Whitney Weaver grew up mere blocks from where she lives now with her family in what's known as the McCullough House on North Mullen Street in Tacoma.
"My mom was infatuated with this house every time she walked by," recalled Weaver, who nevertheless never imagined living in it.
"And then one day there was a for sale sign out front," Weaver's husband, Albert, chimed in during a recent preview of the home for The News Tribune.
The home, near St. Luke's Memorial Episcopal Church on North Gove Street, is one of six featured in this year's Tacoma Historic Homes Tour.
Be the first to know.
No one covers what is happening in our community better than we do. And with a digital subscription, you'll never miss a local story.
The Georgian Colonial was designed by Allen McCullough, a mining engineer and metallurgist. It was completed in 1914 for $20,000, (nearly $500,000 in today's dollars) for McCullough and his wife, Florence. The couple emigrated from Canada to Tacoma in 1894, according to information provided by the home tour coordinators.
Flash forward to this century.
The Weavers bought the house a few years ago and promised then-owner Bill Legacy, who had lived there with his family since 1968, they would not to split up the parcel, which encompasses three lots.
"We enjoy the big lot," Albert Weaver said. "You don't get much opportunity to get big lots like this in the city."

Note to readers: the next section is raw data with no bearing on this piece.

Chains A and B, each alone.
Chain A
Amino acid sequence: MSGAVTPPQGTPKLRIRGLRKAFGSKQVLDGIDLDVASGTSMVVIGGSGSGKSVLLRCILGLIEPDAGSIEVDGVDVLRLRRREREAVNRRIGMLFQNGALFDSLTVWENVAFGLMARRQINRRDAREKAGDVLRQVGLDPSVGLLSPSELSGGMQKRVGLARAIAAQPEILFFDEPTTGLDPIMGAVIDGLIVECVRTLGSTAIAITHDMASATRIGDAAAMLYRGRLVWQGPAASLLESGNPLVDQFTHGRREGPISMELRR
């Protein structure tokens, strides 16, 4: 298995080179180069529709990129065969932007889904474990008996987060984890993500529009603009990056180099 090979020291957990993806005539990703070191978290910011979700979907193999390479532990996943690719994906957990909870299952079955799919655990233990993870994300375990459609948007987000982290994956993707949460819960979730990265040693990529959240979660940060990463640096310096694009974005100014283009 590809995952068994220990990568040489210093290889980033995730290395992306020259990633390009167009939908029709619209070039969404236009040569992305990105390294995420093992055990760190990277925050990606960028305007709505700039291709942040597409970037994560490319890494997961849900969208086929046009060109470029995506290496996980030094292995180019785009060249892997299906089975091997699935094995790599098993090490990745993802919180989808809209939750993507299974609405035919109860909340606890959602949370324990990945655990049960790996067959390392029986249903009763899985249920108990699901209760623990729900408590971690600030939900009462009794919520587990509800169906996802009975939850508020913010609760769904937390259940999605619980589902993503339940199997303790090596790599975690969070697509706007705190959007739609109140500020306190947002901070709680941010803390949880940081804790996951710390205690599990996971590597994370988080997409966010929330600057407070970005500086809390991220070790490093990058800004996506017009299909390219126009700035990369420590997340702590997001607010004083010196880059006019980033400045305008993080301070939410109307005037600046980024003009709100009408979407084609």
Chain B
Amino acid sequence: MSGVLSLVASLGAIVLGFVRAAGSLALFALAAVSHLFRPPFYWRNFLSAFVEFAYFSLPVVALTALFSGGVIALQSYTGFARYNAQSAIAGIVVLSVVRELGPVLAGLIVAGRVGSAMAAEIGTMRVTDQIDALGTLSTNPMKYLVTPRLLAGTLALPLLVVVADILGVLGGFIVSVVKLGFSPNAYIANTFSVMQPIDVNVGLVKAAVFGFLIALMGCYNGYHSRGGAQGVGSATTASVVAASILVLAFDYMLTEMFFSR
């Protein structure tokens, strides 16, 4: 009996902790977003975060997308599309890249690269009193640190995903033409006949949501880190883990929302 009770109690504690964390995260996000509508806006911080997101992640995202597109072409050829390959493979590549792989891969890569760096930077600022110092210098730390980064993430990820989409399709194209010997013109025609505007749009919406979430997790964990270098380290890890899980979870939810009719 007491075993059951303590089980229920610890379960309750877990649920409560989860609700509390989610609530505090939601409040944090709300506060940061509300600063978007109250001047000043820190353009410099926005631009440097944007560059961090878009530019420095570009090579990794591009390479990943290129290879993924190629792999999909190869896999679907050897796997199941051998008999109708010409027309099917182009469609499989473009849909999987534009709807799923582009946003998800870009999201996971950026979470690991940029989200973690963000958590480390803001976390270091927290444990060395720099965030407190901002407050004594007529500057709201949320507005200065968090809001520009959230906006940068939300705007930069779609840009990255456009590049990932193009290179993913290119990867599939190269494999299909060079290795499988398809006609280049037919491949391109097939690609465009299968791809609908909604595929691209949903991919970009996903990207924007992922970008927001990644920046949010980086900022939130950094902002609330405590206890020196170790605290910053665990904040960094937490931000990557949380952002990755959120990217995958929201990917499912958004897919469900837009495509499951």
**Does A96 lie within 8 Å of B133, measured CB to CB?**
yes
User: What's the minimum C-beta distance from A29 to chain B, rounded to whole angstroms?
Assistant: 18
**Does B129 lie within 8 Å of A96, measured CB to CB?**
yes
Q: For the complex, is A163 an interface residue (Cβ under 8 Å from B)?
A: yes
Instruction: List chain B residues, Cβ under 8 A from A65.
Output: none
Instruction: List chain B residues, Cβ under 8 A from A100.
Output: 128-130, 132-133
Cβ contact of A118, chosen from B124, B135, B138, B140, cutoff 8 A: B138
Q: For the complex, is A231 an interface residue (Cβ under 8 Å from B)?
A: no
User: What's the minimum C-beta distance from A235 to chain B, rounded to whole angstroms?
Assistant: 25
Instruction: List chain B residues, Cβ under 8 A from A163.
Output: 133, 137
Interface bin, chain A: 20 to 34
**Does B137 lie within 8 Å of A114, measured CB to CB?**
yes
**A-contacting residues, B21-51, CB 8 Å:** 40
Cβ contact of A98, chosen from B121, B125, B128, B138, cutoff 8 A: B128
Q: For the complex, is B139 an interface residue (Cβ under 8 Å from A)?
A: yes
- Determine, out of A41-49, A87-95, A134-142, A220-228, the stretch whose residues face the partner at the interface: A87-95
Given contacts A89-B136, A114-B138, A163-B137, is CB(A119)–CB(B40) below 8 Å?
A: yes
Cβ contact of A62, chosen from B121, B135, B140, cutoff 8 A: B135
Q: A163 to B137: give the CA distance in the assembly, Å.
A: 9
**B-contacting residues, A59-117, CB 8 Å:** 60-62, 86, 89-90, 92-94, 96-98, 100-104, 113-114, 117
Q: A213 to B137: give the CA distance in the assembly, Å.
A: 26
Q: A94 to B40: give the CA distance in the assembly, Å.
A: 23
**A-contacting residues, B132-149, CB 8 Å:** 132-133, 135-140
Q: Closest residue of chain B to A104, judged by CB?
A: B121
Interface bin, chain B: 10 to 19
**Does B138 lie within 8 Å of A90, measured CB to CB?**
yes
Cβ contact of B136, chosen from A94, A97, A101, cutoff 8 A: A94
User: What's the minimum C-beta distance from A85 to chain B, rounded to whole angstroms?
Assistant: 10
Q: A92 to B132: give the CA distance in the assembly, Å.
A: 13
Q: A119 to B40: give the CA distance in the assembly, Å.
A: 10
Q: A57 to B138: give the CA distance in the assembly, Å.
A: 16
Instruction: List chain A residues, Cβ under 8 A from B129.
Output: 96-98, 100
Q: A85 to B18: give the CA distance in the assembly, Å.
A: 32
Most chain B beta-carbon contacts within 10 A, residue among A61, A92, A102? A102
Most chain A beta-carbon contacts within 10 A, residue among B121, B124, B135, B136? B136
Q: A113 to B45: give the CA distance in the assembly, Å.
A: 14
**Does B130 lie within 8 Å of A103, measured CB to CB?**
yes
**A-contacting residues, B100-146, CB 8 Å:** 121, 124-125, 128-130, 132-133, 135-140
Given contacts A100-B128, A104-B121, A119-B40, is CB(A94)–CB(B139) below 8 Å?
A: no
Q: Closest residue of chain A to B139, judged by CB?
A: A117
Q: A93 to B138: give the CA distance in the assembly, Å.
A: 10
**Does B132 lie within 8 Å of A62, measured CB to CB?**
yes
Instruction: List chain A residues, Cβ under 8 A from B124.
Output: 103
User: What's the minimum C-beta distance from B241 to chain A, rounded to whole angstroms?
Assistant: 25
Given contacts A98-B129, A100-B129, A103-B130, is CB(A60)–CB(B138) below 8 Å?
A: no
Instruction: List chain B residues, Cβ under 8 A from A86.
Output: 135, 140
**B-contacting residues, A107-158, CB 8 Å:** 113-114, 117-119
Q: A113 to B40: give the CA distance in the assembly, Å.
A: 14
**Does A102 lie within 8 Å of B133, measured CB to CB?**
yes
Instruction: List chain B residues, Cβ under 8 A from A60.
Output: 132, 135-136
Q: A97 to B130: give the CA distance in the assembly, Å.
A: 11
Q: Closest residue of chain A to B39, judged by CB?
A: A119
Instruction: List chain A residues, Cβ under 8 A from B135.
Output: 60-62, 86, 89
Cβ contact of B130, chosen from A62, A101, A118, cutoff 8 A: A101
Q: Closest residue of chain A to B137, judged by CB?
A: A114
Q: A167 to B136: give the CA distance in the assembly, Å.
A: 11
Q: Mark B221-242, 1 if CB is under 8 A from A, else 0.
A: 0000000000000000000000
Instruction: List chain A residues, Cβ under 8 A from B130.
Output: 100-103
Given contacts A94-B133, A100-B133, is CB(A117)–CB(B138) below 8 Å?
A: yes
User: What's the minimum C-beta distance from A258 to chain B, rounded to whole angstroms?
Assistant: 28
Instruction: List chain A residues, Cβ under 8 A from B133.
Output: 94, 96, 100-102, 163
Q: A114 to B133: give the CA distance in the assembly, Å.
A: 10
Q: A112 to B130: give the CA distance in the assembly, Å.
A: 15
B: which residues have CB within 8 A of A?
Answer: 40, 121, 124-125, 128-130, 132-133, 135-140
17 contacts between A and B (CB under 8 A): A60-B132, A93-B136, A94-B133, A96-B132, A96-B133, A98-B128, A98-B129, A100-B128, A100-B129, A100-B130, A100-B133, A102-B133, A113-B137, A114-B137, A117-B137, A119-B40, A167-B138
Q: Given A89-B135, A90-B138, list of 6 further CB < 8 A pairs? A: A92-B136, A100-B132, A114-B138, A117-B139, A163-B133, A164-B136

The couple love the roominess of the 4,140-square-foot, four-bedroom, two-bath, five-fireplace house, both inside and on the lot. Two levels of porches on the outside and two sets of stairs inside leading to the second floor tie it all together.
Restoration and rehab have involved updated plumbing, electrical and paint.
The challenge, Albert Weaver noted, is to "try to maintain the history yet make it somewhat modern. You want to keep the history and all the trim work, but you want to upgrade with electrical, so it's a matter of working around the details."
What's next for the couple?
"Live here as long as we can!" Whitney Weaver declared.
"We can't imagine a better place to live," Albert Weaver added.
The McCullough House, Haddaway Hall (the old Weyerhaeuser mansion) and four other North End homes are on the tour this year, along with a reception center at Bethany Presbyterian Church, 4420 N. 41st St. Addresses of the homes are provided with ticket purchase.
Docents will answer questions and give history of each home.
Here's more basic information on the tour, which serves as a fund raiser for the Tacoma Historical Society:
▪ Hours: 10 a.m.-5 p.m. May 5; 1-5 p.m. May 6. Last tour of Haddaway Hall starts at 4:15 p.m. each day.
▪ Tour rules: Recommended for those 16 and older. Everyone entering a home needs a ticket. No food, drink or photography allowed in any of the homes.
▪ Price: $25. Tacoma Historical Society members can buy discounted tickets for $20. Tickets are good for both days, but allow only one visit per house.
Where to purchase tickets:
▪ The Pacific Northwest Shop, 2702 N. Proctor St.
▪ Stadium Thriftway, 618 N. First St.
▪ Columbia Bank, Pearl Street and Fircrest branches.
Tickets will be available at the Tacoma Historical Society museum, 919 Pacific Ave., and at the reception center on the days of the tour. Also online at www.brownpapertickets.com/event/3362135
For more information, go to www.tacomahistory.org/historic-homes-of-tacoma